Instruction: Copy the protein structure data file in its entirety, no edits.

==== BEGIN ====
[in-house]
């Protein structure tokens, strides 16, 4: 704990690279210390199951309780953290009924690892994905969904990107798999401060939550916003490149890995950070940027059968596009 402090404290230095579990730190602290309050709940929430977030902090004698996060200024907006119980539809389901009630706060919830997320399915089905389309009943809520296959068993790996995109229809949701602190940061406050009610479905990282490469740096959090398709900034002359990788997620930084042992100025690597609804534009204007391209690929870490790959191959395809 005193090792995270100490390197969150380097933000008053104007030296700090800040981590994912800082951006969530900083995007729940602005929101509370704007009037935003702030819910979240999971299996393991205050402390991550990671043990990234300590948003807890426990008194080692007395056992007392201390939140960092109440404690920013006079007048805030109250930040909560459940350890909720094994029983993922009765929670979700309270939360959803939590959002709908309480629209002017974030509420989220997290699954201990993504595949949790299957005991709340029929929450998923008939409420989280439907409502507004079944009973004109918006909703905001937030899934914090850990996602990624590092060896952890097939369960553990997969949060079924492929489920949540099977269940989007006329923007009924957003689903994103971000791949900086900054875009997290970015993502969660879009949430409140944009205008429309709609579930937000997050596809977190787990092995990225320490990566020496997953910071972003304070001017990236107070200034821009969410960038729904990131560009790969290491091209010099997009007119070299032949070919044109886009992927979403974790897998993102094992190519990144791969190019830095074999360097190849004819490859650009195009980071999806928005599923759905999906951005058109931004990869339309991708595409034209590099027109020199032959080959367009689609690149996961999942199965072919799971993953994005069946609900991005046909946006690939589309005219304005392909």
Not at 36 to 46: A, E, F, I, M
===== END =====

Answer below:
[in-house]
């Protein structure tokens, strides 16, 4: 704990690279210390199951309780953290009924690892994905969904990107798999401060939550916003490149890995950070940027059968596009 402090404290230095579990730190602290309050709940929430977030902090004698996060200024907006119980539809389901009630706060919830997320399915089905389309009943809520296959068993790996995109229809949701602190940061406050009610479905990282490469740096959090398709900034002359990788997620930084042992100025690597609804534009204007391209690929870490790959191959395809 005193090792995270100490390197969150380097933000008053104007030296700090800040981590994912800082951006969530900083995007729940602005929101509370704007009037935003702030819910979240999971299996393991205050402390991550990671043990990234300590948003807890426990008194080692007395056992007392201390939140960092109440404690920013006079007048805030109250930040909560459940350890909720094994029983993922009765929670979700309270939360959803939590959002709908309480629209002017974030509420989220997290699954201990993504595949949790299957005991709340029929929450998923008939409420989280439907409502507004079944009973004109918006909703905001937030899934914090850990996602990624590092060896952890097939369960553990997969949060079924492929489920949540099977269940989007006329923007009924957003689903994103971000791949900086900054875009997290970015993502969660879009949430409140944009205008429309709609579930937000997050596809977190787990092995990225320490990566020496997953910071972003304070001017990236107070200034821009969410960038729904990131560009790969290491091209010099997009007119070299032949070919044109886009992927979403974790897998993102094992190519990144791969190019830095074999360097190849004819490859650009195009980071999806928005599923759905999906951005058109931004990869339309991708595409034209590099027109020199032959080959367009689609690149996961999942199965072919799971993953994005069946609900991005046909946006690939589309005219304005392909």
Not at 36 to 46: A, E, F, I, M